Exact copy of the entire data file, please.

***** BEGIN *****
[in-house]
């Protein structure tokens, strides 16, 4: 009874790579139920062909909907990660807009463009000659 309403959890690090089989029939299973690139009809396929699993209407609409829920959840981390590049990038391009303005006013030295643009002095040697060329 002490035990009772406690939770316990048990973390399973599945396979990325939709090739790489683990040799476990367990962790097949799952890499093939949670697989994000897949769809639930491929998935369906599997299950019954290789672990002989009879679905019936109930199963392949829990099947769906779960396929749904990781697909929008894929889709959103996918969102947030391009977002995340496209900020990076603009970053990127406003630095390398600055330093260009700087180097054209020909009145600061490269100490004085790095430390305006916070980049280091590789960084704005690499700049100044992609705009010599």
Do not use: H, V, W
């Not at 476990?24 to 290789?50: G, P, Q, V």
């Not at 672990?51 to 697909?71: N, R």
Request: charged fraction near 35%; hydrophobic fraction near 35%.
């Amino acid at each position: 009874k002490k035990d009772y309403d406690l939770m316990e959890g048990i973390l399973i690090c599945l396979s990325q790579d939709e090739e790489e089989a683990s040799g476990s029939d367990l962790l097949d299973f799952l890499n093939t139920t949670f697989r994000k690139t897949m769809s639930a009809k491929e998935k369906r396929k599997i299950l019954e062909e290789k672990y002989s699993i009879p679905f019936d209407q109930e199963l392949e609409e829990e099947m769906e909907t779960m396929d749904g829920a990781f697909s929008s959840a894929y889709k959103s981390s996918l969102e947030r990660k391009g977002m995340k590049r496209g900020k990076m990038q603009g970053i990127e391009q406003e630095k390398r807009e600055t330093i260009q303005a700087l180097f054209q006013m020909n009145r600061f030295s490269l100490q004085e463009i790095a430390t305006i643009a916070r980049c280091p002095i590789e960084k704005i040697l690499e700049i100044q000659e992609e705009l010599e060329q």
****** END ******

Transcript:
[in-house]
């Protein structure tokens, strides 16, 4: 009874790579139920062909909907990660807009463009000659 309403959890690090089989029939299973690139009809396929699993209407609409829920959840981390590049990038391009303005006013030295643009002095040697060329 002490035990009772406690939770316990048990973390399973599945396979990325939709090739790489683990040799476990367990962790097949799952890499093939949670697989994000897949769809639930491929998935369906599997299950019954290789672990002989009879679905019936109930199963392949829990099947769906779960396929749904990781697909929008894929889709959103996918969102947030391009977002995340496209900020990076603009970053990127406003630095390398600055330093260009700087180097054209020909009145600061490269100490004085790095430390305006916070980049280091590789960084704005690499700049100044992609705009010599």
Do not use: H, V, W
């Not at 476990?24 to 290789?50: G, P, Q, V």
């Not at 672990?51 to 697909?71: N, R």
Request: charged fraction near 35%; hydrophobic fraction near 35%.
């Amino acid at each position: 009874k002490k035990d009772y309403d406690l939770m316990e959890g048990i973390l399973i690090c599945l396979s990325q790579d939709e090739e790489e089989a683990s040799g476990s029939d367990l962790l097949d299973f799952l890499n093939t139920t949670f697989r994000k690139t897949m769809s639930a009809k491929e998935k369906r396929k599997i299950l019954e062909e290789k672990y002989s699993i009879p679905f019936d209407q109930e199963l392949e609409e829990e099947m769906e909907t779960m396929d749904g829920a990781f697909s929008s959840a894929y889709k959103s981390s996918l969102e947030r990660k391009g977002m995340k590049r496209g900020k990076m990038q603009g970053i990127e391009q406003e630095k390398r807009e600055t330093i260009q303005a700087l180097f054209q006013m020909n009145r600061f030295s490269l100490q004085e463009i790095a430390t305006i643009a916070r980049c280091p002095i590789e960084k704005i040697l690499e700049i100044q000659e992609e705009l010599e060329q």